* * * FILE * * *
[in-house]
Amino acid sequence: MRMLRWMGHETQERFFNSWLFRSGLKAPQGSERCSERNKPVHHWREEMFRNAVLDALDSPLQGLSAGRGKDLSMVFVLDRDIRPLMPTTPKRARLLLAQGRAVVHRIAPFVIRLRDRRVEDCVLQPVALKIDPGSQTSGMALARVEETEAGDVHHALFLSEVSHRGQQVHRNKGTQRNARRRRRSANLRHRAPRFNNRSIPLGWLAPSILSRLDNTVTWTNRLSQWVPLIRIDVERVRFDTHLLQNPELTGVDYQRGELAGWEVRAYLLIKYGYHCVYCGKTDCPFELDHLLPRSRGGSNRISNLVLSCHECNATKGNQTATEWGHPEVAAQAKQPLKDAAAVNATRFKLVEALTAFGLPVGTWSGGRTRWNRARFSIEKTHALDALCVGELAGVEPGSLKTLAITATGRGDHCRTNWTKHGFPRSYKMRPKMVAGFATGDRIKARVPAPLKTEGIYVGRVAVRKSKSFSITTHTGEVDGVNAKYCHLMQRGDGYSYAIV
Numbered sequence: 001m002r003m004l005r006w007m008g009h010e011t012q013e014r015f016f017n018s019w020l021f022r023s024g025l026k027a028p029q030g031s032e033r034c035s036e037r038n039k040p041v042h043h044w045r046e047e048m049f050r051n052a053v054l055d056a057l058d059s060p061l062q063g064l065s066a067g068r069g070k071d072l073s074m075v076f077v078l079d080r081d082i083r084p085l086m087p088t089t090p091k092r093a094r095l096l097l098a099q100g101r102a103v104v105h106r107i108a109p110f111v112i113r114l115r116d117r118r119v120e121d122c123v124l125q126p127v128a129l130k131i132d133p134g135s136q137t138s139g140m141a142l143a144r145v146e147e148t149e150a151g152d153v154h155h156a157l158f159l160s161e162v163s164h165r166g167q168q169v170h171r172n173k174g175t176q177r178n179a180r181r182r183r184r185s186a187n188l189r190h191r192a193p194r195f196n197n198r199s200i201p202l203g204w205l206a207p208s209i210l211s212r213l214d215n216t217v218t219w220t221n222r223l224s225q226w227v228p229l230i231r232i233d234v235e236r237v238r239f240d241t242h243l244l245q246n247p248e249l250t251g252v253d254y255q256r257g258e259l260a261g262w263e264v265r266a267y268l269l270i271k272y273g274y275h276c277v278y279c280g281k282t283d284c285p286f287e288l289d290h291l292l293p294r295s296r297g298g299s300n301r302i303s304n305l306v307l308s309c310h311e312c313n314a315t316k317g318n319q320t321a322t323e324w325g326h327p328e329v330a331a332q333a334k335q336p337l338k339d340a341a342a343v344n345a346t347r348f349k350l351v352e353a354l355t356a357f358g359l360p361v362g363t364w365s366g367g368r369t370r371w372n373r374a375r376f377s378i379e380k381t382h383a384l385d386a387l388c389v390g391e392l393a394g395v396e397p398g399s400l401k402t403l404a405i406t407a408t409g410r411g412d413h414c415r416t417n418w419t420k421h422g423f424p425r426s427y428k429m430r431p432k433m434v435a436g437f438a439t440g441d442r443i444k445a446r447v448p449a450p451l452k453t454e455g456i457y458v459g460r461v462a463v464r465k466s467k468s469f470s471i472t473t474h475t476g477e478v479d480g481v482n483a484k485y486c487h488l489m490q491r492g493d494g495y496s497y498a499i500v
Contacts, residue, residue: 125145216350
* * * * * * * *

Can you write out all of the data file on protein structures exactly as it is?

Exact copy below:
[in-house]
Amino acid sequence: MRMLRWMGHETQERFFNSWLFRSGLKAPQGSERCSERNKPVHHWREEMFRNAVLDALDSPLQGLSAGRGKDLSMVFVLDRDIRPLMPTTPKRARLLLAQGRAVVHRIAPFVIRLRDRRVEDCVLQPVALKIDPGSQTSGMALARVEETEAGDVHHALFLSEVSHRGQQVHRNKGTQRNARRRRRSANLRHRAPRFNNRSIPLGWLAPSILSRLDNTVTWTNRLSQWVPLIRIDVERVRFDTHLLQNPELTGVDYQRGELAGWEVRAYLLIKYGYHCVYCGKTDCPFELDHLLPRSRGGSNRISNLVLSCHECNATKGNQTATEWGHPEVAAQAKQPLKDAAAVNATRFKLVEALTAFGLPVGTWSGGRTRWNRARFSIEKTHALDALCVGELAGVEPGSLKTLAITATGRGDHCRTNWTKHGFPRSYKMRPKMVAGFATGDRIKARVPAPLKTEGIYVGRVAVRKSKSFSITTHTGEVDGVNAKYCHLMQRGDGYSYAIV
Numbered sequence: 001m002r003m004l005r006w007m008g009h010e011t012q013e014r015f016f017n018s019w020l021f022r023s024g025l026k027a028p029q030g031s032e033r034c035s036e037r038n039k040p041v042h043h044w045r046e047e048m049f050r051n052a053v054l055d056a057l058d059s060p061l062q063g064l065s066a067g068r069g070k071d072l073s074m075v076f077v078l079d080r081d082i083r084p085l086m087p088t089t090p091k092r093a094r095l096l097l098a099q100g101r102a103v104v105h106r107i108a109p110f111v112i113r114l115r116d117r118r119v120e121d122c123v124l125q126p127v128a129l130k131i132d133p134g135s136q137t138s139g140m141a142l143a144r145v146e147e148t149e150a151g152d153v154h155h156a157l158f159l160s161e162v163s164h165r166g167q168q169v170h171r172n173k174g175t176q177r178n179a180r181r182r183r184r185s186a187n188l189r190h191r192a193p194r195f196n197n198r199s200i201p202l203g204w205l206a207p208s209i210l211s212r213l214d215n216t217v218t219w220t221n222r223l224s225q226w227v228p229l230i231r232i233d234v235e236r237v238r239f240d241t242h243l244l245q246n247p248e249l250t251g252v253d254y255q256r257g258e259l260a261g262w263e264v265r266a267y268l269l270i271k272y273g274y275h276c277v278y279c280g281k282t283d284c285p286f287e288l289d290h291l292l293p294r295s296r297g298g299s300n301r302i303s304n305l306v307l308s309c310h311e312c313n314a315t316k317g318n319q320t321a322t323e324w325g326h327p328e329v330a331a332q333a334k335q336p337l338k339d340a341a342a343v344n345a346t347r348f349k350l351v352e353a354l355t356a357f358g359l360p361v362g363t364w365s366g367g368r369t370r371w372n373r374a375r376f377s378i379e380k381t382h383a384l385d386a387l388c389v390g391e392l393a394g395v396e397p398g399s400l401k402t403l404a405i406t407a408t409g410r411g412d413h414c415r416t417n418w419t420k421h422g423f424p425r426s427y428k429m430r431p432k433m434v435a436g437f438a439t440g441d442r443i444k445a446r447v448p449a450p451l452k453t454e455g456i457y458v459g460r461v462a463v464r465k466s467k468s469f470s471i472t473t474h475t476g477e478v479d480g481v482n483a484k485y486c487h488l489m490q491r492g493d494g495y496s497y498a499i500v
Contacts, residue, residue: 125145216350